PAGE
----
The Society of St. Pius X have published their declaration or “road map” for normalizing their status with the Catholic Church, without making clear if they accept or reject the Vatican’s current offer of re-unification.
“While it has been made public, the declaration remains primarily an internal document for study and discussion among the members of the Society,” a July 19 Vatican statement says.
“The Holy See has taken note of this declaration, but awaits the forthcoming official communication of the Priestly Society as their dialogue with the Pontifical Commission ‘Ecclesia Dei’ continues.”
The declaration was sent to the Vatican after being drafted by the society’s General Chapter July 9-14. The gathering in Switzerland brought together the 40 most senior figures in the organization to discuss the Vatican’s present suggestion for healing the breakaway traditionalist group’s 24-year rift with Rome.
The current offer would give the society the status of a personal prelature within the Catholic Church in return for it agreeing to certain doctrinal matters including, it is presumed, the documents of the Second Vatican Council.
The declaration said the general chapter was “marked by frank exchanges of views and by a very fruitful common work” that helped “to overcome the difficulties which the Society has encountered in recent times” and assisted it in recovering a “profound unity.”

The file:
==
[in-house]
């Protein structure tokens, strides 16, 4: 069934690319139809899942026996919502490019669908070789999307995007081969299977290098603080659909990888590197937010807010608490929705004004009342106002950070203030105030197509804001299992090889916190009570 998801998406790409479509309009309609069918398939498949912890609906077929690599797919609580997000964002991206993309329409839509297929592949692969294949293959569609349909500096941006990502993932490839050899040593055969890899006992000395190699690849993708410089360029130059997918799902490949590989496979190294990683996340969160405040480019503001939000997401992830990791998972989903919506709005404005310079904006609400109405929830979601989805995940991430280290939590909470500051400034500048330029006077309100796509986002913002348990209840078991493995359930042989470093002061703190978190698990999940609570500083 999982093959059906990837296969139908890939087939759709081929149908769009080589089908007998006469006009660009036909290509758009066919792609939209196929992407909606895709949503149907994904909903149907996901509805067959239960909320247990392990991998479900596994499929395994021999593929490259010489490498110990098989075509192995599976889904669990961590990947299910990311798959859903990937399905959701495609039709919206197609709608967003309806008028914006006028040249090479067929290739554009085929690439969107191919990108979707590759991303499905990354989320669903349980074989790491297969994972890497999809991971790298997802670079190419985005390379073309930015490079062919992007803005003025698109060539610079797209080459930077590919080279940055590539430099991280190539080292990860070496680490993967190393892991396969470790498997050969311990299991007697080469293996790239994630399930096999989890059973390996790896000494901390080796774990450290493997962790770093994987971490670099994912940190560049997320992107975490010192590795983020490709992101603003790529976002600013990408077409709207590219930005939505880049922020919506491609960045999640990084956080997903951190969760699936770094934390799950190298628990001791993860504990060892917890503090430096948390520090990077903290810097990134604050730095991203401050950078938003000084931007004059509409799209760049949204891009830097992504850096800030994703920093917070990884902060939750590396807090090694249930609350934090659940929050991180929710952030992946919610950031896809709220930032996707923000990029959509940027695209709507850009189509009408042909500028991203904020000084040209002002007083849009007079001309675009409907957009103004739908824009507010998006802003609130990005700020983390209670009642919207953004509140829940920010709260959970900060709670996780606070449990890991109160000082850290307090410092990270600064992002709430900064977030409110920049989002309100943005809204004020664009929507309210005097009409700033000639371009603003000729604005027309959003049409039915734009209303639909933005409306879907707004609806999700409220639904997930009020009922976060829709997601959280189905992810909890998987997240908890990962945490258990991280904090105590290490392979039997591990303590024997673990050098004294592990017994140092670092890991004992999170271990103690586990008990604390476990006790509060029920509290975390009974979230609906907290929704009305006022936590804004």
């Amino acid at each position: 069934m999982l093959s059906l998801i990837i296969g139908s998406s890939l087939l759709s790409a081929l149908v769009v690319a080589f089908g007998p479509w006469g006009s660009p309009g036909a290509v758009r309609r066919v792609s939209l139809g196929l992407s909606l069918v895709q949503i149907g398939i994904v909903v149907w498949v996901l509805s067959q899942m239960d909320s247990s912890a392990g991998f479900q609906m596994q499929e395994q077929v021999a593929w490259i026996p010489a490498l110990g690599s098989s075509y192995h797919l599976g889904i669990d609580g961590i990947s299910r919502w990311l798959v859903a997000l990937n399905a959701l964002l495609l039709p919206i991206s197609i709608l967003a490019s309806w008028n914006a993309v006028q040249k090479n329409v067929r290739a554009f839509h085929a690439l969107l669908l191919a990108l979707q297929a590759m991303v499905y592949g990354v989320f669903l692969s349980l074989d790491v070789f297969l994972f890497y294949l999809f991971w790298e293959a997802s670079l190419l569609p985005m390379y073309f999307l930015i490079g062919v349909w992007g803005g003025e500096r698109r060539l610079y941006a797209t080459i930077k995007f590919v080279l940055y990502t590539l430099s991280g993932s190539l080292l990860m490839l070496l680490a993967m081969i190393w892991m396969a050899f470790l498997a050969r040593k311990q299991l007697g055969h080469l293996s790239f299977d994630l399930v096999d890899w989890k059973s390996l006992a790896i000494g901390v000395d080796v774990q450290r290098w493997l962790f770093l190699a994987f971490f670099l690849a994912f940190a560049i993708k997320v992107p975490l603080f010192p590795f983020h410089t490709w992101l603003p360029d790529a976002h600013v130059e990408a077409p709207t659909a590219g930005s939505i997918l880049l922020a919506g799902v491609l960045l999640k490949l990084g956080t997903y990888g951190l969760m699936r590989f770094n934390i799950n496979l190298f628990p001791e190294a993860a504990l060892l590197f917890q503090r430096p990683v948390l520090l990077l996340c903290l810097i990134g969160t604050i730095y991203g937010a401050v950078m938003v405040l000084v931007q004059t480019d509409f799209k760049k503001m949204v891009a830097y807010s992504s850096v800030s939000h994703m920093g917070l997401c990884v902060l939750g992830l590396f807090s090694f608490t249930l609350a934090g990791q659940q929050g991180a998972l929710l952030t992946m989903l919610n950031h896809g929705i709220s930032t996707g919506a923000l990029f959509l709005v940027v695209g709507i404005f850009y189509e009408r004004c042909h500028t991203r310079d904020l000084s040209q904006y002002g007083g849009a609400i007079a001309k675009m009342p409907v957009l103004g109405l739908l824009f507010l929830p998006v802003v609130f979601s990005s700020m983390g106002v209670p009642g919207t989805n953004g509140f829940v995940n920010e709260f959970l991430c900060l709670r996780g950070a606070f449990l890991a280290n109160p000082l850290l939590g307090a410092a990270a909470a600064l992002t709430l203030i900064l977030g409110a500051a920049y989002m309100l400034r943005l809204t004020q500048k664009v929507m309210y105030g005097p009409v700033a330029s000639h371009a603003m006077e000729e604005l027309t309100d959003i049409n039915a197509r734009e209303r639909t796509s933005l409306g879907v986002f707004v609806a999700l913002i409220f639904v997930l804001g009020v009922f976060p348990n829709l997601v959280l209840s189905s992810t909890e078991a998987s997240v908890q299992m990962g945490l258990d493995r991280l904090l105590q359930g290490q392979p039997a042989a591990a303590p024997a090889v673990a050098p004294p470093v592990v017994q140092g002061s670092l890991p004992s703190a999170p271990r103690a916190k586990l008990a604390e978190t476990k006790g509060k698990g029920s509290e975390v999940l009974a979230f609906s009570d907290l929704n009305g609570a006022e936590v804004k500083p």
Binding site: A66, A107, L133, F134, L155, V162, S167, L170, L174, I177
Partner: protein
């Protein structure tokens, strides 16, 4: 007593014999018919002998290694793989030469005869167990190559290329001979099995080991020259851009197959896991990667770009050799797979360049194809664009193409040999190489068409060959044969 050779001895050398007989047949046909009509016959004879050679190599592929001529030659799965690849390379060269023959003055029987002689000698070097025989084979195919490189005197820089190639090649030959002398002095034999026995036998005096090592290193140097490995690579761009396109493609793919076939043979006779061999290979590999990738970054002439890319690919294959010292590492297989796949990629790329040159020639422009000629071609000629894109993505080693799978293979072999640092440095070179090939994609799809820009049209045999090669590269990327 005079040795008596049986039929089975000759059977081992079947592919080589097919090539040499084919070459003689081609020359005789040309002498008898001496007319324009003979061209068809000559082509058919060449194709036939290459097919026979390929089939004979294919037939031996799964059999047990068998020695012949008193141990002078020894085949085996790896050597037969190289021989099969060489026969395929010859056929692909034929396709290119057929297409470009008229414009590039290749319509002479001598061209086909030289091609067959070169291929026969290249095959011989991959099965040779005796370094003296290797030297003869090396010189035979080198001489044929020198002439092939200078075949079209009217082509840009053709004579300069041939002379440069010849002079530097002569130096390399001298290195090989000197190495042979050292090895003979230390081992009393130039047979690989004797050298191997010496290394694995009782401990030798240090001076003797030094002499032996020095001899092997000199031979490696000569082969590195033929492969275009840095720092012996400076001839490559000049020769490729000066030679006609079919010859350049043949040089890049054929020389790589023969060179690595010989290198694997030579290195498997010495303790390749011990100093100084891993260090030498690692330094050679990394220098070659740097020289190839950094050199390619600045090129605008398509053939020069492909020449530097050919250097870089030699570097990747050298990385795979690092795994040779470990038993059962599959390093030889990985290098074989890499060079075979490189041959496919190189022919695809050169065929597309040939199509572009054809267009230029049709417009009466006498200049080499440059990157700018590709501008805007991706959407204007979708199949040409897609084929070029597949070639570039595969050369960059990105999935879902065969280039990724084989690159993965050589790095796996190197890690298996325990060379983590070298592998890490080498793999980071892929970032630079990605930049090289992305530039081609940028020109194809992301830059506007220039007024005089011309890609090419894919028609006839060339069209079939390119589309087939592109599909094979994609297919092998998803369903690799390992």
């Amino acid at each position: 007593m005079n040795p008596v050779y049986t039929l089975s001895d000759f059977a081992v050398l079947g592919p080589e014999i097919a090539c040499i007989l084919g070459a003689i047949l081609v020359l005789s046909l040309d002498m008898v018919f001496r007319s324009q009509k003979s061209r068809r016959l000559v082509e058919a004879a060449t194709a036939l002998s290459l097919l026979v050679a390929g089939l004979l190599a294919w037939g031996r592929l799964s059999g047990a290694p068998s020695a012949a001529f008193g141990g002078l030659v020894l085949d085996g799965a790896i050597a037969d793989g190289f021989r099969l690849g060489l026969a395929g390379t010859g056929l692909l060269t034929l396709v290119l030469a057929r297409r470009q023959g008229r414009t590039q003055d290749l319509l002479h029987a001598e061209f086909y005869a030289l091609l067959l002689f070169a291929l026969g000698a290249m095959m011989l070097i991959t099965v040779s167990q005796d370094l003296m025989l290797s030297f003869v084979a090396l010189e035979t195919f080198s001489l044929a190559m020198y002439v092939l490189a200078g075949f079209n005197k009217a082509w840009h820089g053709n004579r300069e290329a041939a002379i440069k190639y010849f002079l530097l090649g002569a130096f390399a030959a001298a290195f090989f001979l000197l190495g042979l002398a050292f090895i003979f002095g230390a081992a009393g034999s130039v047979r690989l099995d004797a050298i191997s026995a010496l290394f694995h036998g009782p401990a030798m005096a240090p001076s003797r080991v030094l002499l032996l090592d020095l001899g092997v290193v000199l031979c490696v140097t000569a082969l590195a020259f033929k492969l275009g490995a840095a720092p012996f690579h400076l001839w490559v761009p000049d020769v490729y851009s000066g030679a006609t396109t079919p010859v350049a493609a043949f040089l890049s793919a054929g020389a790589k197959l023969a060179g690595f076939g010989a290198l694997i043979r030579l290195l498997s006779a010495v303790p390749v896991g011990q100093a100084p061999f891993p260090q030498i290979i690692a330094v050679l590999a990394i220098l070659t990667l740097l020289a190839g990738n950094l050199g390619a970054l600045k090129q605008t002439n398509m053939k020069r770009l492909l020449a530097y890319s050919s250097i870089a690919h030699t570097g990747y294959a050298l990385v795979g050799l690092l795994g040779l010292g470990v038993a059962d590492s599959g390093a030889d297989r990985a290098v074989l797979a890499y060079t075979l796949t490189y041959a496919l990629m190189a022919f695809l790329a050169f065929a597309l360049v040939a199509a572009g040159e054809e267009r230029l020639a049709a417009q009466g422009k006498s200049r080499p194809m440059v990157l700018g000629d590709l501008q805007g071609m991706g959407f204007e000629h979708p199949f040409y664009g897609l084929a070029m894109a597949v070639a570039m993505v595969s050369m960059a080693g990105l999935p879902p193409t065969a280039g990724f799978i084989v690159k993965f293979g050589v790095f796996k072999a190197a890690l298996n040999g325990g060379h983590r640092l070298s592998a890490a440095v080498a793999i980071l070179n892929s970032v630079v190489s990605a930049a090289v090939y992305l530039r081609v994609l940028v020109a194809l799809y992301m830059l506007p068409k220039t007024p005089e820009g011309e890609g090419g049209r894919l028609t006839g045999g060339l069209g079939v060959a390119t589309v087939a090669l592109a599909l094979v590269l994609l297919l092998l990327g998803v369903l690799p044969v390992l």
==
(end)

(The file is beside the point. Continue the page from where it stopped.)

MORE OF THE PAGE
In a hint towards re-unification, the society’s statement notes that “paramount duty” of the group is to “profess the Catholic Faith in all its purity and integrity,” and that this is “the service which it intends to offer to the Church.”
It also states that the general chapter “determined and approved the necessary conditions for an eventual canonical normalization” without making explicit what these conditions are.
“We have decided that, in that case, an extraordinary Chapter with deliberative vote will be convened beforehand,” the declaration adds.
The document re-affirms the society’s faith in the Catholic Church “founded by Our Lord Jesus Christ, outside of which there is no salvation” and in the “supreme power of government” within the Church that belongs to the Pope, “Vicar of Christ on earth.”
It is scathing, however, towards “all the novelties” of the Second Vatican Council “which remain tainted with errors, and also in regard to the reforms issued from it.”
And in a further provocative comment, the society says it waits for the day “when an open and serious debate will be possible which may allow the return to Tradition of the ecclesiastical authorities.”
The Society of St. Pius X was founded in 1970 by the Frenchman Archbishop Marcel Lefebvre in response to errors he believed had crept into the Catholic Church following the Second Vatican Council.
The society has had a strained relationship with the Church since its founder ordained four bishops against the will of Pope John Paul II in 1988.